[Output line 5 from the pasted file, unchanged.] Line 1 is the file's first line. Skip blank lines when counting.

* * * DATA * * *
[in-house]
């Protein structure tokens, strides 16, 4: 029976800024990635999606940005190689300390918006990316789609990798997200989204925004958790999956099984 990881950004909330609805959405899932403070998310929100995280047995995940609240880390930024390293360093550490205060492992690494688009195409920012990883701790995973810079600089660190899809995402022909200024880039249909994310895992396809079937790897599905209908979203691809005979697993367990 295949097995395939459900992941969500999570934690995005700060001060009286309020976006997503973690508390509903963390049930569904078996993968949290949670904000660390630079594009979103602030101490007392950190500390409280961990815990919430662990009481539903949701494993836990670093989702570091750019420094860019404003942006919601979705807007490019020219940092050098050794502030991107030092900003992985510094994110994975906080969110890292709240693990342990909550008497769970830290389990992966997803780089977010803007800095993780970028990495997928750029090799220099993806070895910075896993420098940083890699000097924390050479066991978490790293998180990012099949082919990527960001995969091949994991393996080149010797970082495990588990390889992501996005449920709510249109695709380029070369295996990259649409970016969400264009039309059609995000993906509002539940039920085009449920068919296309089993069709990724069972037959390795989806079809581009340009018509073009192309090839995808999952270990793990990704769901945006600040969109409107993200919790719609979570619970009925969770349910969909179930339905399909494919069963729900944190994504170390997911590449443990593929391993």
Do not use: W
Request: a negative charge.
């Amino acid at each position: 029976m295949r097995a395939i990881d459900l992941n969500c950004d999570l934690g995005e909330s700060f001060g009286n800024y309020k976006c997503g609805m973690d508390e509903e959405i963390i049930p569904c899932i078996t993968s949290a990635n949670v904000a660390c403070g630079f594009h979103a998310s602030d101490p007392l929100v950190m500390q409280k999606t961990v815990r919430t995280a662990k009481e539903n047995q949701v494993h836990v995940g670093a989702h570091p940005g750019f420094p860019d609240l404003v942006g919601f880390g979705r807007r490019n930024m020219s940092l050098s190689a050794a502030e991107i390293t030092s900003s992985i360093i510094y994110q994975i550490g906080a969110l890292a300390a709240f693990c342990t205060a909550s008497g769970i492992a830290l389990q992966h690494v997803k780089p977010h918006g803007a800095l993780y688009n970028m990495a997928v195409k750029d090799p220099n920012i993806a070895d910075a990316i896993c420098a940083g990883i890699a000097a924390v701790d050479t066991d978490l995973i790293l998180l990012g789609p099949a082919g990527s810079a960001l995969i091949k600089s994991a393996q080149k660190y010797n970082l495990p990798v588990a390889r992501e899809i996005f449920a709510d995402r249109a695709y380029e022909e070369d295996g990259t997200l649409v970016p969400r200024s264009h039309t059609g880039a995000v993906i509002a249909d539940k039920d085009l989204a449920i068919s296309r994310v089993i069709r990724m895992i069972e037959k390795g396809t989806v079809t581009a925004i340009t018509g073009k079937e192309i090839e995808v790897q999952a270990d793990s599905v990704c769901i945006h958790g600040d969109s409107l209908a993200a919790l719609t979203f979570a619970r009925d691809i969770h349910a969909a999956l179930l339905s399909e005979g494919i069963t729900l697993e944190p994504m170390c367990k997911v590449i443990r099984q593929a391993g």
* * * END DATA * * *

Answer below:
């Amino acid at each position: 029976m295949r097995a395939i990881d459900l992941n969500c950004d999570l934690g995005e909330s700060f001060g009286n800024y309020k976006c997503g609805m973690d508390e509903e959405i963390i049930p569904c899932i078996t993968s949290a990635n949670v904000a660390c403070g630079f594009h979103a998310s602030d101490p007392l929100v950190m500390q409280k999606t961990v815990r919430t995280a662990k009481e539903n047995q949701v494993h836990v995940g670093a989702h570091p940005g750019f420094p860019d609240l404003v942006g919601f880390g979705r807007r490019n930024m020219s940092l050098s190689a050794a502030e991107i390293t030092s900003s992985i360093i510094y994110q994975i550490g906080a969110l890292a300390a709240f693990c342990t205060a909550s008497g769970i492992a830290l389990q992966h690494v997803k780089p977010h918006g803007a800095l993780y688009n970028m990495a997928v195409k750029d090799p220099n920012i993806a070895d910075a990316i896993c420098a940083g990883i890699a000097a924390v701790d050479t066991d978490l995973i790293l998180l990012g789609p099949a082919g990527s810079a960001l995969i091949k600089s994991a393996q080149k660190y010797n970082l495990p990798v588990a390889r992501e899809i996005f449920a709510d995402r249109a695709y380029e022909e070369d295996g990259t997200l649409v970016p969400r200024s264009h039309t059609g880039a995000v993906i509002a249909d539940k039920d085009l989204a449920i068919s296309r994310v089993i069709r990724m895992i069972e037959k390795g396809t989806v079809t581009a925004i340009t018509g073009k079937e192309i090839e995808v790897q999952a270990d793990s599905v990704c769901i945006h958790g600040d969109s409107l209908a993200a919790l719609t979203f979570a619970r009925d691809i969770h349910a969909a999956l179930l339905s399909e005979g494919i069963t729900l697993e944190p994504m170390c367990k997911v590449i443990r099984q593929a391993g």